A report from the USPS IG says the Postal Service is losing roughly $636 million a year providing business-related services to other federal agencies for which it is not fully compensated, contributing to USPS financial difficulties.
An audit identified nine areas in which the USPS “is either uncompensated or undercompensated,” most of them related to government services for which it “does not have direct control over pricing or compensation” and further “does not have a strategy to receive additional funding.”
For example, law requires the USPS to provide services to remote locations in Alaska but is not allowed to charge a higher rate to account for the higher costs, for a five-year loss of $460 million, it said. Similarly, the USPS is bound by a post-World War II treaty to provide mailing services to certain Pacific islands, for which it is to be reimbursed by the Interior Department. However, over 2015-2019 the USPS was paid only $11 million of the $59 million in costs because its “strategy to request reimbursement from the Department of Interior has not been effective.”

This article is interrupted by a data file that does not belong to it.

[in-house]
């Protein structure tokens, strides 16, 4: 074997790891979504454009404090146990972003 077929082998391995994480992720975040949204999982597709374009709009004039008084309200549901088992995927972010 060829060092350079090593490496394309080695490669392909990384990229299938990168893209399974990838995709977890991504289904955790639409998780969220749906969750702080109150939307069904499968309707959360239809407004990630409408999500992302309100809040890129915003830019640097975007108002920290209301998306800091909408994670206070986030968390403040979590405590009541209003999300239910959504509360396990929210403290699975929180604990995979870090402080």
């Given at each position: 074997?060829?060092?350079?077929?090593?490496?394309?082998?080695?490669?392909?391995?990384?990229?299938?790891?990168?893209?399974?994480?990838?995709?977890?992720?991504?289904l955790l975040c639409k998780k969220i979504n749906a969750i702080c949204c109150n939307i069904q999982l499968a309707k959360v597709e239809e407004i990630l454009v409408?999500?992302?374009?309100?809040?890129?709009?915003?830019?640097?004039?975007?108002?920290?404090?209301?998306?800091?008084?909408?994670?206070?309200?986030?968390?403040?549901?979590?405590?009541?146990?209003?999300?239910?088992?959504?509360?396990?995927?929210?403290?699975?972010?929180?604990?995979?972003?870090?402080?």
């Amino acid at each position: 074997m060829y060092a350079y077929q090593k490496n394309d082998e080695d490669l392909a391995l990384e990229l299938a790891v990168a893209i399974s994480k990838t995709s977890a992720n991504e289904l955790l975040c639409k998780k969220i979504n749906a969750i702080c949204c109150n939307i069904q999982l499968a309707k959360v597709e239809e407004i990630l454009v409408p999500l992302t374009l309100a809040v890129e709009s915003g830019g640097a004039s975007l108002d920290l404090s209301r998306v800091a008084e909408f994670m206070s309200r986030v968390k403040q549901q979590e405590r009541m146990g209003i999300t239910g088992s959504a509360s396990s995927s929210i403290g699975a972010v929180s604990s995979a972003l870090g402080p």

The USPS also received about $1 million less than its costs in that time to compensate it for requirements that it charge less for certain other services such as mail ballots from military personnel overseas, it said.
However, the report also said that the USPS itself was responsible for a $30 million loss last year in mailings on behalf of other federal agencies related to the pandemic, for which it was not reimbursed. “The Postal Service incurred these costs because it did not appropriately plan before agreeing to produce the COVID-19 mailings and offer printing services to another federal entity,” it said.